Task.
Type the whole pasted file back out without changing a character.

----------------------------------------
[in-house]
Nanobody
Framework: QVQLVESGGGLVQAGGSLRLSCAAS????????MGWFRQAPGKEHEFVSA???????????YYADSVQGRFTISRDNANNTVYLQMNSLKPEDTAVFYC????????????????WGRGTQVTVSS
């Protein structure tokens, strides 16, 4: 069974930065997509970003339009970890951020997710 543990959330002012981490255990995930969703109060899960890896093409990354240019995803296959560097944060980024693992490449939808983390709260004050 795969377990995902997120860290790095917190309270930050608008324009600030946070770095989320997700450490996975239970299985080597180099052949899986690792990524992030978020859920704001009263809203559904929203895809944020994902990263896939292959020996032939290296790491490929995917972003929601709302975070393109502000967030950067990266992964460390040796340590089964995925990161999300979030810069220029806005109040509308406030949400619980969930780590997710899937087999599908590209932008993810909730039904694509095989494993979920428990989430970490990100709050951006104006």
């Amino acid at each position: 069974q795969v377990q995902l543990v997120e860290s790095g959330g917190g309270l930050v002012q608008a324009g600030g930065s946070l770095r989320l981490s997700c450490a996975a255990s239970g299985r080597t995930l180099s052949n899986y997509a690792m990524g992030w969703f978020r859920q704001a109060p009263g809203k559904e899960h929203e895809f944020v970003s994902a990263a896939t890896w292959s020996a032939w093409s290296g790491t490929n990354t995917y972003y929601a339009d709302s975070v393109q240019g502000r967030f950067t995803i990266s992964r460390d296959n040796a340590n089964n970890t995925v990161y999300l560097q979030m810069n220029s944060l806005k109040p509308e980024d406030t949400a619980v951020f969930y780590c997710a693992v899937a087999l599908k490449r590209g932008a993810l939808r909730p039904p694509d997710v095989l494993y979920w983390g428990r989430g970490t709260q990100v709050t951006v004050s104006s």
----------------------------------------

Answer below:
[in-house]
Nanobody
Framework: QVQLVESGGGLVQAGGSLRLSCAAS????????MGWFRQAPGKEHEFVSA???????????YYADSVQGRFTISRDNANNTVYLQMNSLKPEDTAVFYC????????????????WGRGTQVTVSS
């Protein structure tokens, strides 16, 4: 069974930065997509970003339009970890951020997710 543990959330002012981490255990995930969703109060899960890896093409990354240019995803296959560097944060980024693992490449939808983390709260004050 795969377990995902997120860290790095917190309270930050608008324009600030946070770095989320997700450490996975239970299985080597180099052949899986690792990524992030978020859920704001009263809203559904929203895809944020994902990263896939292959020996032939290296790491490929995917972003929601709302975070393109502000967030950067990266992964460390040796340590089964995925990161999300979030810069220029806005109040509308406030949400619980969930780590997710899937087999599908590209932008993810909730039904694509095989494993979920428990989430970490990100709050951006104006």
């Amino acid at each position: 069974q795969v377990q995902l543990v997120e860290s790095g959330g917190g309270l930050v002012q608008a324009g600030g930065s946070l770095r989320l981490s997700c450490a996975a255990s239970g299985r080597t995930l180099s052949n899986y997509a690792m990524g992030w969703f978020r859920q704001a109060p009263g809203k559904e899960h929203e895809f944020v970003s994902a990263a896939t890896w292959s020996a032939w093409s290296g790491t490929n990354t995917y972003y929601a339009d709302s975070v393109q240019g502000r967030f950067t995803i990266s992964r460390d296959n040796a340590n089964n970890t995925v990161y999300l560097q979030m810069n220029s944060l806005k109040p509308e980024d406030t949400a619980v951020f969930y780590c997710a693992v899937a087999l599908k490449r590209g932008a993810l939808r909730p039904p694509d997710v095989l494993y979920w983390g428990r989430g970490t709260q990100v709050t951006v004050s104006s």